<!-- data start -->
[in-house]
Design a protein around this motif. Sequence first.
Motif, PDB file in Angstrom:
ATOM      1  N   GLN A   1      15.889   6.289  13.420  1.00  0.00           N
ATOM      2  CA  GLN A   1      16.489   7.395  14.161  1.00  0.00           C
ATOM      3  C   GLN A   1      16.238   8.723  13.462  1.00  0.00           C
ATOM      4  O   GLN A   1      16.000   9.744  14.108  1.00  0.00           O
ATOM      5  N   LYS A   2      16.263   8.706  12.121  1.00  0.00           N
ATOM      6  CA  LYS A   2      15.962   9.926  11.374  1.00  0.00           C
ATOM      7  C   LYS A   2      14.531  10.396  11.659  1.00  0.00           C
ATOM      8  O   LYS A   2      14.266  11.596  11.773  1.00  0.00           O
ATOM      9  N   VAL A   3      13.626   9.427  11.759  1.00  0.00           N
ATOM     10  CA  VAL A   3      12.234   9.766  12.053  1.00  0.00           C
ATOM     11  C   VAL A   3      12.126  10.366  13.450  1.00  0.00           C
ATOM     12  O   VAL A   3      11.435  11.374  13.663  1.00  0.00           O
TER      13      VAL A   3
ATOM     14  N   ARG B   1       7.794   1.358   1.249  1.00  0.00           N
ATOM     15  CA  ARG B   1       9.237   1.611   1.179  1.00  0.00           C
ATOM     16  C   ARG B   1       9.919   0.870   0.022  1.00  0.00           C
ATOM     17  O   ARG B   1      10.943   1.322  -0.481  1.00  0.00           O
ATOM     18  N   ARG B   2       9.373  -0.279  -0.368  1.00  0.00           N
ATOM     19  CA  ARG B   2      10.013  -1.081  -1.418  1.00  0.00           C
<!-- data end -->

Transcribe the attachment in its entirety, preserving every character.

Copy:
[in-house]
Design a protein around this motif. Sequence first.
Motif, PDB file in Angstrom:
ATOM      1  N   GLN A   1      15.889   6.289  13.420  1.00  0.00           N
ATOM      2  CA  GLN A   1      16.489   7.395  14.161  1.00  0.00           C
ATOM      3  C   GLN A   1      16.238   8.723  13.462  1.00  0.00           C
ATOM      4  O   GLN A   1      16.000   9.744  14.108  1.00  0.00           O
ATOM      5  N   LYS A   2      16.263   8.706  12.121  1.00  0.00           N
ATOM      6  CA  LYS A   2      15.962   9.926  11.374  1.00  0.00           C
ATOM      7  C   LYS A   2      14.531  10.396  11.659  1.00  0.00           C
ATOM      8  O   LYS A   2      14.266  11.596  11.773  1.00  0.00           O
ATOM      9  N   VAL A   3      13.626   9.427  11.759  1.00  0.00           N
ATOM     10  CA  VAL A   3      12.234   9.766  12.053  1.00  0.00           C
ATOM     11  C   VAL A   3      12.126  10.366  13.450  1.00  0.00           C
ATOM     12  O   VAL A   3      11.435  11.374  13.663  1.00  0.00           O
TER      13      VAL A   3
ATOM     14  N   ARG B   1       7.794   1.358   1.249  1.00  0.00           N
ATOM     15  CA  ARG B   1       9.237   1.611   1.179  1.00  0.00           C
ATOM     16  C   ARG B   1       9.919   0.870   0.022  1.00  0.00           C
ATOM     17  O   ARG B   1      10.943   1.322  -0.481  1.00  0.00           O
ATOM     18  N   ARG B   2       9.373  -0.279  -0.368  1.00  0.00           N
ATOM     19  CA  ARG B   2      10.013  -1.081  -1.418  1.00  0.00           C